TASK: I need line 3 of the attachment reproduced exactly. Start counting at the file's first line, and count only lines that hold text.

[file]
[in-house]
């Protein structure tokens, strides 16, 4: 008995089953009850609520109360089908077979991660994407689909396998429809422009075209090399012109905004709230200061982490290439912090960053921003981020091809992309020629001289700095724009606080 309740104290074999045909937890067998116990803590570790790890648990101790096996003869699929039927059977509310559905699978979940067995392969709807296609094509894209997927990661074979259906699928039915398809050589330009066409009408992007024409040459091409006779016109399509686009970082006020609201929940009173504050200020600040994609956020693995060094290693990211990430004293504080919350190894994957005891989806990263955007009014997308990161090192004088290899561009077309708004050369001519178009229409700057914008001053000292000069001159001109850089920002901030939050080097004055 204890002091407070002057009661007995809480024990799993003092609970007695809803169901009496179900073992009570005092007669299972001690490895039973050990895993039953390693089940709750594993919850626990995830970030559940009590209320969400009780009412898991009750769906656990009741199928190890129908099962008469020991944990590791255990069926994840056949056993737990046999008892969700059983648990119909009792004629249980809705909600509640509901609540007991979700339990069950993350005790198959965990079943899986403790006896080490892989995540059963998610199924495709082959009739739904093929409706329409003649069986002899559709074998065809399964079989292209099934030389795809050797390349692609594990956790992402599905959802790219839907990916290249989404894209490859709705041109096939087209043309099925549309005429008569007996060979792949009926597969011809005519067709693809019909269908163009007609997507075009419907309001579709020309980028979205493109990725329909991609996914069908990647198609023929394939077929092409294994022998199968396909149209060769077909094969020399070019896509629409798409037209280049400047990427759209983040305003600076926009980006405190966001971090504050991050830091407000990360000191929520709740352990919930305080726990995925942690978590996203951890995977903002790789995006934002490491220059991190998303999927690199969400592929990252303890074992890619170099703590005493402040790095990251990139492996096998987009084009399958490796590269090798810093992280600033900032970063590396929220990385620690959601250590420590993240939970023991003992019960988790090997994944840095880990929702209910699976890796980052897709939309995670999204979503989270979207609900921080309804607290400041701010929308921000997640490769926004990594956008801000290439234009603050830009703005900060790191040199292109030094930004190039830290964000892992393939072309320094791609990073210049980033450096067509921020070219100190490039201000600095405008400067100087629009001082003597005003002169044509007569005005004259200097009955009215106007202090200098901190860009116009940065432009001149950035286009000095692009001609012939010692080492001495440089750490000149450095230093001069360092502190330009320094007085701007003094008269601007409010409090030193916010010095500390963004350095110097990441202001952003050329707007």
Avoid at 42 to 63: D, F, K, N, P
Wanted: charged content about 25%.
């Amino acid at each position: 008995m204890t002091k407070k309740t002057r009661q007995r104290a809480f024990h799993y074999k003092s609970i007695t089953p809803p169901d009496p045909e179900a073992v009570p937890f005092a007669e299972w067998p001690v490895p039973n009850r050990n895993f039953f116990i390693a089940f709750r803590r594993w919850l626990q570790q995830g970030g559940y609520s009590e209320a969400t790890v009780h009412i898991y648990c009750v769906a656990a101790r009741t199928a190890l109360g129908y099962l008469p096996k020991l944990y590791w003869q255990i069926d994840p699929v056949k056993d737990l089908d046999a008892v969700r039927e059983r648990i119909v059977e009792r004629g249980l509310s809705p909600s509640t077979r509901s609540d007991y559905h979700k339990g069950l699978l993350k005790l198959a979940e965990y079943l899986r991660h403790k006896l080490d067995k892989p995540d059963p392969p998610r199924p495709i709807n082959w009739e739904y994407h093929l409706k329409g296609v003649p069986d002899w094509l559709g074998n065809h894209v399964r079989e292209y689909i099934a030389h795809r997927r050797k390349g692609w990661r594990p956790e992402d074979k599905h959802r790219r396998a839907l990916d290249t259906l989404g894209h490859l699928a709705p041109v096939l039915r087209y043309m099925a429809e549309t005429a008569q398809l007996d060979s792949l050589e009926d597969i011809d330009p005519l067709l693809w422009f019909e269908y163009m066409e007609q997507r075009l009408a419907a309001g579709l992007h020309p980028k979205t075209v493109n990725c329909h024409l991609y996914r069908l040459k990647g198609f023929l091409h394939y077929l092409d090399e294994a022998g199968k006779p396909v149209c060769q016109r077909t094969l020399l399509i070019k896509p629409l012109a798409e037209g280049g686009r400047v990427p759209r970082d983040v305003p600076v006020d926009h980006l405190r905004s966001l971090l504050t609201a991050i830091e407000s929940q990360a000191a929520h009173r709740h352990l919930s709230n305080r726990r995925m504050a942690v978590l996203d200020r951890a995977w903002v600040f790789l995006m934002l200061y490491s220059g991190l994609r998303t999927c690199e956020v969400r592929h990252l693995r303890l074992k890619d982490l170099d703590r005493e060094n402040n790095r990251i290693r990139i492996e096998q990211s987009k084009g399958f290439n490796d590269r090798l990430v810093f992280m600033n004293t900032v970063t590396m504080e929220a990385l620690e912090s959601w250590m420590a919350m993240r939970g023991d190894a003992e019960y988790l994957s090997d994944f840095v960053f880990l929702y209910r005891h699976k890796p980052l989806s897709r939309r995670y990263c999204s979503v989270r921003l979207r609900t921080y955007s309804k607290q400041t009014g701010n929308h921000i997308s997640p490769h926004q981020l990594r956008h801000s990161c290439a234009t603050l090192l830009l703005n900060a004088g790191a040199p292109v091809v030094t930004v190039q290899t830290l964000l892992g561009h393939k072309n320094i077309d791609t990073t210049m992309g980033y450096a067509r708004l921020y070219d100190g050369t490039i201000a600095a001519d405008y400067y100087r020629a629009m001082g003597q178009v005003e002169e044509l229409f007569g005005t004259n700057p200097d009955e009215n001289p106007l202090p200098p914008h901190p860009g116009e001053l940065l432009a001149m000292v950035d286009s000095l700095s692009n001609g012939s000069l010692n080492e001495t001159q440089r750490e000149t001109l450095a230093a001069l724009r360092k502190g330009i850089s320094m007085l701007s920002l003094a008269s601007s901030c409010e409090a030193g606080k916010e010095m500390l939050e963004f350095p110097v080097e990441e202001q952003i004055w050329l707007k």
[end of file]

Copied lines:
Avoid at 42 to 63: D, F, K, N, P